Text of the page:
At Warren Wilson College, sustainability is more than just a buzzword: It’s the guiding principle behind the annual Mountain Green Sustainability Conference, slated for Wednesday, June 24. “It’s an attempt by the college to be a catalyst for change in the region,” says Phillip Gibson, director of research and community outreach at the school’s Environmental Leadership Center.
Launched in 2006, Mountain Green is a year-round initiative sponsored by the ELC, he explains. Typically focused on the building-and-development industry, Mountain Green has expanded its scope this year to include tourism and manufacturing, notes Gibson, posing this question: “How can we minimize the environmental effects of our development practices, our purchases, decorating the interior of our homes or offices, or getting to work?”
From September to May, Mountain Green’s Lunch & Learn Series, which is open to the public, presents monthly educational lunches designed to help address such questions. The June conference includes presentations, speakers, vendors and a broad range of breakout sessions, from “Tax Incentives for Going Green” to “Green Plumbing.” And throughout the year, the INSULATE! program weatherproofs the homes of low-income Buncombe County residents while training young adults in marketable skills. Furthermore, those who attend a certain number of Lunch & Learn workshops and then develop their own green project (such as setting up a car pool at work) can earn a sustainability certificate, Gibson explains.
By its very nature, Mountain Green is a collaborative venture, with Steering Committee members representing such diverse groups and businesses as the Asheville Board of Realtors, Build It Naturally, HandMade in America, the Asheville Convention and Visitors Bureau and the Council of Independent Business Owners, notes Gibson.
More and more frequently, he says, business leaders hear their clients and colleagues asking, “What can I do to become greener?” The conference shows how: All the food served on June 24 will be locally grown and produced, the organizers are encouraging participants to car-pool, and all conference materials are printed on 100 percent post-consumer recycled paper, Gibson reports.
The featured speakers seem likely to present some interesting perspectives. There’s Beth Sinnott of Proximity Hotel in Greensboro, one of North Carolina’s (and the nation’s) greenest hostelries; Simon B. Rich, whose Raleigh company, Solid Recovered Fuel, developed a program that converts trash into fuel; and Leilani Münter, a racecar driver who’s out to green NASCAR.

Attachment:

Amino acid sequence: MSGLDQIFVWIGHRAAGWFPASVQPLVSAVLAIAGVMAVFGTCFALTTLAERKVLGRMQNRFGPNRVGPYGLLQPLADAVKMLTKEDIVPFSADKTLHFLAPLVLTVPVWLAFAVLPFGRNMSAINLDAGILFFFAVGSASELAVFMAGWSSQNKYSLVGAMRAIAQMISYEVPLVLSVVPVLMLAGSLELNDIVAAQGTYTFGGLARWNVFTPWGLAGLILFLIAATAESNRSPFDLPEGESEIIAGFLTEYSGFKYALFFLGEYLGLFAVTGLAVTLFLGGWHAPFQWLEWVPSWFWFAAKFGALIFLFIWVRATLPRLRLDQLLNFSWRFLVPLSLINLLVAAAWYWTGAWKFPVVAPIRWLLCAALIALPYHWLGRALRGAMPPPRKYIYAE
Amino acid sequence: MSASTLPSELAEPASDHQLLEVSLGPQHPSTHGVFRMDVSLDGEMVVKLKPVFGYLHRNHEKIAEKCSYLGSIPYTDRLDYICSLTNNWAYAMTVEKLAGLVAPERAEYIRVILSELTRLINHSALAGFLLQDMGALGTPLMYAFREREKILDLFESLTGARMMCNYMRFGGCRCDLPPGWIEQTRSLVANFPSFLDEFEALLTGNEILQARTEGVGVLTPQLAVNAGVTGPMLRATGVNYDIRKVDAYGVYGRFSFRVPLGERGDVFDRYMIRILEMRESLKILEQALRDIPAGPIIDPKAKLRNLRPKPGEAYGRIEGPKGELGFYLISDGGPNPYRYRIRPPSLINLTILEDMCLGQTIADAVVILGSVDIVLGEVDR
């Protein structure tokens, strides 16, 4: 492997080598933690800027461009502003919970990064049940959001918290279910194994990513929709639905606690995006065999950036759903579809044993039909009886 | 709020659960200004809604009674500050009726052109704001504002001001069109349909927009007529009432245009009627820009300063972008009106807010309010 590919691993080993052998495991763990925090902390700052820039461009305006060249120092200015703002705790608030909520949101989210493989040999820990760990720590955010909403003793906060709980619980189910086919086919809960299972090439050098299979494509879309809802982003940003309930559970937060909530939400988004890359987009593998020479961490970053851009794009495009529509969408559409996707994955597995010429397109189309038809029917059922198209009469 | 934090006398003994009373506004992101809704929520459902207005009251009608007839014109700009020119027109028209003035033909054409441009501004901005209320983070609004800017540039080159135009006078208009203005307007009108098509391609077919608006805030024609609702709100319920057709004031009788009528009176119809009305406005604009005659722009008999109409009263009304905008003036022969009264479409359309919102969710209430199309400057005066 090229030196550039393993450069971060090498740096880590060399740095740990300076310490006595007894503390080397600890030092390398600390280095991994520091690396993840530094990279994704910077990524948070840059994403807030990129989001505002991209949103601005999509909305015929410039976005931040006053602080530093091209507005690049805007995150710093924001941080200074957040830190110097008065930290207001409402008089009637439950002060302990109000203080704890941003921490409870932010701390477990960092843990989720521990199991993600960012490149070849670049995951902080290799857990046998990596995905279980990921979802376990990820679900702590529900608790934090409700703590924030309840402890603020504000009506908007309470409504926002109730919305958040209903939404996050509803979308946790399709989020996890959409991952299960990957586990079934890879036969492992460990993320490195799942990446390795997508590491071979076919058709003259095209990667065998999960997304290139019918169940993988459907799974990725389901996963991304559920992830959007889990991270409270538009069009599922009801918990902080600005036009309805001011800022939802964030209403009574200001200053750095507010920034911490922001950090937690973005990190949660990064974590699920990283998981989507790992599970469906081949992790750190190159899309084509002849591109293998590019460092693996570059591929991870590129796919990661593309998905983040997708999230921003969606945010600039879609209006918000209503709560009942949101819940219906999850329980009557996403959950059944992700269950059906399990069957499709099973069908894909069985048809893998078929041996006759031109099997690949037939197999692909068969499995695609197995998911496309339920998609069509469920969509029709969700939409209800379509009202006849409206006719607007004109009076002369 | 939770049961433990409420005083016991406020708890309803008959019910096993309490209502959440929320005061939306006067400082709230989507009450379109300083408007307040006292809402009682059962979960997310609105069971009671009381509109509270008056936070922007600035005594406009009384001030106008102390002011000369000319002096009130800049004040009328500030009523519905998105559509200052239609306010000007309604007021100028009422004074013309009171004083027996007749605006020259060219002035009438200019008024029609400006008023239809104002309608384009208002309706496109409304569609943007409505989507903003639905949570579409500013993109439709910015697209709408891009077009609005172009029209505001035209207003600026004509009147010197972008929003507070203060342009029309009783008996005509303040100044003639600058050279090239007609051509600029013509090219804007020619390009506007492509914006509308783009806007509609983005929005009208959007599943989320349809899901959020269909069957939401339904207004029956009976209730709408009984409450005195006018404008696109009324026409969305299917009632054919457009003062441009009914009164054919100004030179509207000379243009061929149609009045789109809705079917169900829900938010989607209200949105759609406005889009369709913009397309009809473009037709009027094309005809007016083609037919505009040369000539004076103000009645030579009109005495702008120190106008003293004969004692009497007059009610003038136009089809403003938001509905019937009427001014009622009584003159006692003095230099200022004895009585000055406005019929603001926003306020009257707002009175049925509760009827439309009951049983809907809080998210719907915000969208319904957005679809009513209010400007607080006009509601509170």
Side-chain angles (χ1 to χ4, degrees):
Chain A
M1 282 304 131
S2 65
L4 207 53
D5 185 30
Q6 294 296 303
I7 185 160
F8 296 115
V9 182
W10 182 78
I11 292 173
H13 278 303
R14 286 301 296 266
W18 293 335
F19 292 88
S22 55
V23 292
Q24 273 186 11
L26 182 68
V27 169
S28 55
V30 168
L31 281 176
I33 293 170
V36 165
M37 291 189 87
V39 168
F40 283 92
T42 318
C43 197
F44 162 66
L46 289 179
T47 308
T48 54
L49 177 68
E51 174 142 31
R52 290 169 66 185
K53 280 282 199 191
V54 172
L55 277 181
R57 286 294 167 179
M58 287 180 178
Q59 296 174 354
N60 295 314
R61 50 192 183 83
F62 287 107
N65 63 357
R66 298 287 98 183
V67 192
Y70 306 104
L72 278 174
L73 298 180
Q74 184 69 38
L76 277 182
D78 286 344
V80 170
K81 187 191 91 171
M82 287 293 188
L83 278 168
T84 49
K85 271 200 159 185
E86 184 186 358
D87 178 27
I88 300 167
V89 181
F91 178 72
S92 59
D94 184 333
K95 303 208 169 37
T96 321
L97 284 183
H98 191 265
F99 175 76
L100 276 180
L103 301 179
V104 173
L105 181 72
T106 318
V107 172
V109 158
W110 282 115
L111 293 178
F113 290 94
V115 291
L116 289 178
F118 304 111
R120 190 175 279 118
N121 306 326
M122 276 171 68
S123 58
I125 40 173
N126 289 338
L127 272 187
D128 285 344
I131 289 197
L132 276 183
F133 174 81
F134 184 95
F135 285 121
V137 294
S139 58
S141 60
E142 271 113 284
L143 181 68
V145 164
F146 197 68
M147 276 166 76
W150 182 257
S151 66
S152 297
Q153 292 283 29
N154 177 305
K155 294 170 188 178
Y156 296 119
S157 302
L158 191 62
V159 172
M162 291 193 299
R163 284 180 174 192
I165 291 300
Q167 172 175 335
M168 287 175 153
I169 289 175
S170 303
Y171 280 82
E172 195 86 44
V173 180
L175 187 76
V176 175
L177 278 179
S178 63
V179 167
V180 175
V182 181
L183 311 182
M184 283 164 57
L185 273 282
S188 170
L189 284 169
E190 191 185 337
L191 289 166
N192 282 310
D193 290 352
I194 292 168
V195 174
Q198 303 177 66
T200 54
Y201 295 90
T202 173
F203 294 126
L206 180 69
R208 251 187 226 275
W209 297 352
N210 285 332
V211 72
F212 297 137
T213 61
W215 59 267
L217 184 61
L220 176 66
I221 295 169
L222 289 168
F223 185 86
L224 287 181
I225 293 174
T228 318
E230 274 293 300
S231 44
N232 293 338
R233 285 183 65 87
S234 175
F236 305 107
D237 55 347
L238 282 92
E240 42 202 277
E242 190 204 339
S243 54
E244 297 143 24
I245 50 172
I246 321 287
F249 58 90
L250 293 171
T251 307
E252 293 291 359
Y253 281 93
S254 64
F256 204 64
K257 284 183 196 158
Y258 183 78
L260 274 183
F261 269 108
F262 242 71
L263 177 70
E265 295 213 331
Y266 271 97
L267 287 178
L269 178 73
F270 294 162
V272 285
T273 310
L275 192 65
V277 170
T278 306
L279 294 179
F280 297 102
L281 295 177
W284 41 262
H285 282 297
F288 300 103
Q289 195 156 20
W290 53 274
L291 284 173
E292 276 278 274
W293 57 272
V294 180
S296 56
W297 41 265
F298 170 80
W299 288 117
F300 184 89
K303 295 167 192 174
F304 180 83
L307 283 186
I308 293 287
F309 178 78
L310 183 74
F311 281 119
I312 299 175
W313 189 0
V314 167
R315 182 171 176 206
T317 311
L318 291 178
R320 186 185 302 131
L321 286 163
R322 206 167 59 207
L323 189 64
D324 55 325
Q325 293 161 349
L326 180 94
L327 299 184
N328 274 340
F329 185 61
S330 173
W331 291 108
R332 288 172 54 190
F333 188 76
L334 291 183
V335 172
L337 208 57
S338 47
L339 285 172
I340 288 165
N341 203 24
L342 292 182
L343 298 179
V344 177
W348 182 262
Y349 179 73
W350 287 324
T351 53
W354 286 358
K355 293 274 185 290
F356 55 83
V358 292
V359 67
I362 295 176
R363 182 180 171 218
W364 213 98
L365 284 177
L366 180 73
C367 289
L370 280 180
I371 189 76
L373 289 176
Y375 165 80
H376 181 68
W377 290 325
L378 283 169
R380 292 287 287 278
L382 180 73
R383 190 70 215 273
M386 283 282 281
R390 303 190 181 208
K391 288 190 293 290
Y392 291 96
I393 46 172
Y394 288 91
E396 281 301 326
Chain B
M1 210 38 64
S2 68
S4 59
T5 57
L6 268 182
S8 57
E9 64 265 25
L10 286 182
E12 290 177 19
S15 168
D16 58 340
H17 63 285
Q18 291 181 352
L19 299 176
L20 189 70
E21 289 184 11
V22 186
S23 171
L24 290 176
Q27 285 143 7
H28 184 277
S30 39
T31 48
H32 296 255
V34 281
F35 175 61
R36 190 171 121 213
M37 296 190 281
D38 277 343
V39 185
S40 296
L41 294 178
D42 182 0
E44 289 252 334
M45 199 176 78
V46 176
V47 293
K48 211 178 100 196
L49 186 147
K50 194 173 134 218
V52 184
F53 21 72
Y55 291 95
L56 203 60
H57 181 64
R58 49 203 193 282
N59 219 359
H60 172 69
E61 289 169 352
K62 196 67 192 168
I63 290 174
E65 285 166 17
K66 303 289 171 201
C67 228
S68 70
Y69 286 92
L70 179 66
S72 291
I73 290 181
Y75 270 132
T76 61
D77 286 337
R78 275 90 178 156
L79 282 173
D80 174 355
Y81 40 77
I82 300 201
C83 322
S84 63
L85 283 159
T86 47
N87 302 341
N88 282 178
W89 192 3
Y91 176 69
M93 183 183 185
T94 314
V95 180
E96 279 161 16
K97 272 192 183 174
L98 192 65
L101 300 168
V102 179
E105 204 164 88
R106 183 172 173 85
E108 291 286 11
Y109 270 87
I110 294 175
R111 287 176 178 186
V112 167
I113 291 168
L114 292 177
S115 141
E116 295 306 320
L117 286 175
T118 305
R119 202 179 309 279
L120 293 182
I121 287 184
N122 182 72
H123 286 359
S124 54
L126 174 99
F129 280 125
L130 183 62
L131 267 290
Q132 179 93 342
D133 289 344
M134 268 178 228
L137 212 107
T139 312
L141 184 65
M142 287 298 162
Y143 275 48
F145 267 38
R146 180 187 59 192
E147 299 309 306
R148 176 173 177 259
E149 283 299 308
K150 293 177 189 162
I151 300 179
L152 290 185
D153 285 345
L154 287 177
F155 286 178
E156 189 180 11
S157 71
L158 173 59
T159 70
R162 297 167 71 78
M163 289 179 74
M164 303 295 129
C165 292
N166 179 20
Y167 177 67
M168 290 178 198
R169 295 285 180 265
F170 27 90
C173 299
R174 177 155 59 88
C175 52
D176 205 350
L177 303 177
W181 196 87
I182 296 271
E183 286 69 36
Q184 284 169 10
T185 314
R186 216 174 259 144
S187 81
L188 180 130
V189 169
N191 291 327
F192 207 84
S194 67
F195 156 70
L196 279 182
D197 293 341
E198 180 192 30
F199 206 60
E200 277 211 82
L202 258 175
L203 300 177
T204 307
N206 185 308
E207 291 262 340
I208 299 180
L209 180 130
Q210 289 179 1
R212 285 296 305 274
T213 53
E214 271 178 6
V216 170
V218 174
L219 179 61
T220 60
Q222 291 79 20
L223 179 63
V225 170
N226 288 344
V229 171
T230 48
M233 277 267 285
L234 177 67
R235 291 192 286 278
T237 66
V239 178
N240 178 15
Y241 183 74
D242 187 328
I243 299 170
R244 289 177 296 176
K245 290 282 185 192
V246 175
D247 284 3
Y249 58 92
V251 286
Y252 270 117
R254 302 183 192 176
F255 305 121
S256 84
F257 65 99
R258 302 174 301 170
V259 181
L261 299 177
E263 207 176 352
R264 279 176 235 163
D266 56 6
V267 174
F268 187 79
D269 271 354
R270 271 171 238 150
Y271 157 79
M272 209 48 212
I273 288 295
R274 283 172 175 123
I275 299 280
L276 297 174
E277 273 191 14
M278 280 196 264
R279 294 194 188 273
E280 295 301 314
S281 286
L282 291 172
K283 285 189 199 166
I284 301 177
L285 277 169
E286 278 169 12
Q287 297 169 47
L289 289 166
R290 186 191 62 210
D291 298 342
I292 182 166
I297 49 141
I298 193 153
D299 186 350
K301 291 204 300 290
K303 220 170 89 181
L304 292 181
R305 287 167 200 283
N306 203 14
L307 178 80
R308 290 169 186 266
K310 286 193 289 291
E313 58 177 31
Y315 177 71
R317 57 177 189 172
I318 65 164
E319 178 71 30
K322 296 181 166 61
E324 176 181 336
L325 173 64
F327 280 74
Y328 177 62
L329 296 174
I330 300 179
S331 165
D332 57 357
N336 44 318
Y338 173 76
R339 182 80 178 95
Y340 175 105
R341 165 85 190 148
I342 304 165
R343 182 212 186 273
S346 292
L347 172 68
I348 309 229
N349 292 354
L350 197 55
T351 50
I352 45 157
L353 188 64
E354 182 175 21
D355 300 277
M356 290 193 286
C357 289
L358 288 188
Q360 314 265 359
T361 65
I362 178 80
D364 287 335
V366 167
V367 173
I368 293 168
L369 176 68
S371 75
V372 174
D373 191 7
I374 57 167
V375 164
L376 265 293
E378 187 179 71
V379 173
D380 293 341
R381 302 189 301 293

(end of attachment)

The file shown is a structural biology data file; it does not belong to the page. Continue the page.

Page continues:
Münter—who has a biology degree with a focus on ecology, behavior and evolution—styles herself the Carbon Free Girl, whose motto is “Life is short. Race hard. Live green.” The self-described “vegetarian hippie-chick racecar driver”—only the fourth woman to race in the Indy Pro Series—loves barreling down a track at 200 mph, but is also a spokesperson for the National Wildlife Federation. The former model has served as a photo double for Catherine Zeta-Jones and other actresses.
“She comes with some celebrity status,” Gibson concedes. Last December, some Mountain Green steering-committee members heard Münter speak on National Public Radio about her efforts to green NASCAR, practice sustainability in her own life, and use her position to help spread the word, he explains.
Münter has spoken to Congress about climate change and, earlier this year, raced a hydrogen-fueled Ford Focus in the Viking Rally—a zero-emissions-vehicle competition held in Norway. “I am going to use my racecar as a vehicle—pun intended—to change my sport. … Imagine a racecar not covered with logos asking fans to buy something but instead calling to action millions of fans to make a difference,” Münter wrote in a 2008 Huffington Post blog.
Both conference attendees and the general public can hear what she has to say from 7 to 8:30 p.m. on June 24. But whether it’s Münter rallying the troops or a breakout session on green cleaning supplies inspiring a hotel to change its practices, Mountain Green is more than just a conference, stresses Gibson. It’s an opportunity to green your home, business or whole industry—even one that moves at 200 mph.
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